but for honor. One of the most surpris-


"What did you say about 'The Price is Right,' comic boy? Take it backs Did you hear me? I said take it back."

ing aspects is that Sandler fills the shoes
of a normal guy just fine. Acting like a
lovable loser with a bad temper, Sandler
plays Happy very naturally, and it's
good to see that he may be more than
just a one-note comic. Unfortunately,
we never really care for any of the
characters, so the attempted feel-good

finale fails to captivate.
Adam Sandler is given the burden
of carrying "Happy Gilmore" with-
out giving himself (he co-wrote it
with Tim Herlihy) the funny material
for which he is so well-known. There
is, for what it's worth, an ample num-
ber of hilarious tidbits, like Kevin

Nealon as a Zen golfer with a meta-
physical attitude, or Bob Barker utter-
ing words never heard on "The Price Is
Right." But fans of Adam Sandler's
most recognized comedy will prob-
ably be sorely disappointed by the time
Happy lives - no pun intended -
happily ever after.

Vibrant, bold soloist enlivens show

Pizzicato Five
The Sound of Music

Unzipped EP
Flip, flamboyant, flashy and fashion-
able, Japan's Pizzicato Five and their
electro-cheesy lounge dance-pop never
go out of style. Only a group that's as
stylish and sure of themselves as
Pizzicato Five is could get away with a
song whose lyrics arejust "catchy catchy
catchy." But that's part of the group's
charm - they're seriously silly and
deeply superficial. They have as much
making fun of music as they have
~king it.
"The Sound of Music" certainly is fun,
almostunrelentingly so. Thealbum opens
with the one-two punch of "We Love
Pizzicato Five," a group of fans singing
the praises of the group, and the piano-
driven "Rock N' Roll" and doesn't look
back. Like fellow fashionable hipsters DJ
Towa Tei and Deee-Lite, Pizzicato Five
mix and match all styles of music for a
*nd that refers to many types ofpop but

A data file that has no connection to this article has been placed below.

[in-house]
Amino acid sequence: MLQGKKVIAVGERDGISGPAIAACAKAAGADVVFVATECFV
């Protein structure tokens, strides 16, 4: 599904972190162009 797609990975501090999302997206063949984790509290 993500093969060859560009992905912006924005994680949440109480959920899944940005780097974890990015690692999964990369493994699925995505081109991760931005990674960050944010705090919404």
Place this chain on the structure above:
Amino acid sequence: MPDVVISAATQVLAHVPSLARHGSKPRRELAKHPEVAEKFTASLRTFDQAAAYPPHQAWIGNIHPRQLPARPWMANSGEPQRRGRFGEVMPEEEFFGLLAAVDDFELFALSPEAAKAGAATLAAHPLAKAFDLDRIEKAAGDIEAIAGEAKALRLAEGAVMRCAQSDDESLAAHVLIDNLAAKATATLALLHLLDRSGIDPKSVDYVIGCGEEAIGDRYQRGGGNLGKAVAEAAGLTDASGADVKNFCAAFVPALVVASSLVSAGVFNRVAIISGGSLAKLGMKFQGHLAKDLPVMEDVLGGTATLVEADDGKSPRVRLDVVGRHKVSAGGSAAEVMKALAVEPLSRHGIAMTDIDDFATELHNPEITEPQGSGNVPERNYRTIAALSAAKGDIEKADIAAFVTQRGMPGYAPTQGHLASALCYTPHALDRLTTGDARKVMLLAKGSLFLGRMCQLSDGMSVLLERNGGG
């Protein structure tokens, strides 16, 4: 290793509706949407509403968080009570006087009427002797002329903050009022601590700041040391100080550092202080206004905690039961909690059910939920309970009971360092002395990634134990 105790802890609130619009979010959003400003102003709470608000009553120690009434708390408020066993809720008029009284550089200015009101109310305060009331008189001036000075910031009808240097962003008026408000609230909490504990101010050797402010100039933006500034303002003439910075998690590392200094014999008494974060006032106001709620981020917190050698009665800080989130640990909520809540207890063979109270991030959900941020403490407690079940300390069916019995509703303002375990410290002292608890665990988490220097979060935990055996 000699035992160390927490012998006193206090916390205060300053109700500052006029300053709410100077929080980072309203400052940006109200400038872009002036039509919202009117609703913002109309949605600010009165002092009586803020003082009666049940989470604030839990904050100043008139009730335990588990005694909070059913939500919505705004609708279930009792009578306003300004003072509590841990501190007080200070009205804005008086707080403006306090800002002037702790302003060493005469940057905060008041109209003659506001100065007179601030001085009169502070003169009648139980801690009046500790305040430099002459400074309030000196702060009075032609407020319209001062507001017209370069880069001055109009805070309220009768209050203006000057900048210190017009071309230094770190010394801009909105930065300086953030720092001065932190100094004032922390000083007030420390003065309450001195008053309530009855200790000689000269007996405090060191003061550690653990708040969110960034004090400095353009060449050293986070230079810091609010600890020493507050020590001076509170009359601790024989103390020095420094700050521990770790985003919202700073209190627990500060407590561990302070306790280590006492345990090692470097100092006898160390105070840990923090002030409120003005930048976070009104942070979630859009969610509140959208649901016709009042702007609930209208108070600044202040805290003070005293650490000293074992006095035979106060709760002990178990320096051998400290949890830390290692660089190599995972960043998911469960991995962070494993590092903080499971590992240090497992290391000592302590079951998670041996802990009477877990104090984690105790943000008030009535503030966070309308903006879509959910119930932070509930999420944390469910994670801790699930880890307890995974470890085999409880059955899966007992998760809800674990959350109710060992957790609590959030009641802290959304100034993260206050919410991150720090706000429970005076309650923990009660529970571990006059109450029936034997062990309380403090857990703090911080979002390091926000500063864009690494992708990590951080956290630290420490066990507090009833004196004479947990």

ends up sounding precisely Pizzicato.
"Happy Sad" takes'60s soul-rhythm gui-
tars, doo-wop backing vocals and a disco
beat and makes them into an infectious
The first half of "The Sound of Mu-
sic" elaborates on Pizzicato Five's glit-
tery, glamorous dance-pop sound, but
it's on the second half of the album
where the group really starts to experi-
ment. "If I Were A Groupie" pits singer
niya Maki's girlish musing against
samples of real-life groupies reminisc-
ing about their lives. "Good!" mixes
wacky slide guitars, jumpy harpsi-
chords, bubbling keyboards and babble

By Nikhil Chawlas
For the Daily
Under the baton of violinist and
music director Vladimir Spivakov, the
Moscow Virtuosi, a 23-player cham-
ber ensemble, made a stop in Ann
Arbor as part of their seventh North
American tour. The program had a
wide range of music, from Mozart to
Rackham AuditoriumI
Feb. 16, 1996I
Spivakov was the soloist in Mozart's
"Violin Concerto No. 2 in D Major."
He used a steady hand in conducting the
ensemble through the elegant introduc-
tion of the first movement. The solo-
ists' playing was a bit stiff in the begin-
ning, although it relaxed with time. The
technically demanding cadenza in this
section, perhaps written by the soloist
himself, wasplayed flawlessly, although
stylistically it was quite different from
the rest of the piece.
Like many of the slow movements in
other concertos, Mozart's composition
in this concerto is quite simple in na-
ture, and it is the task of the soloist to
embellish the piece. Spivakov gave a
very imaginative reading, drawing out
the long notes and using wide vibrato
and subtle pauses for a nice effect. The
orchestra provided a very warm accom-

paniment as well. The slow movement
led straight into the joyfully exuberant
Rondo, where, as the name implies, the
main theme was a regular recurrence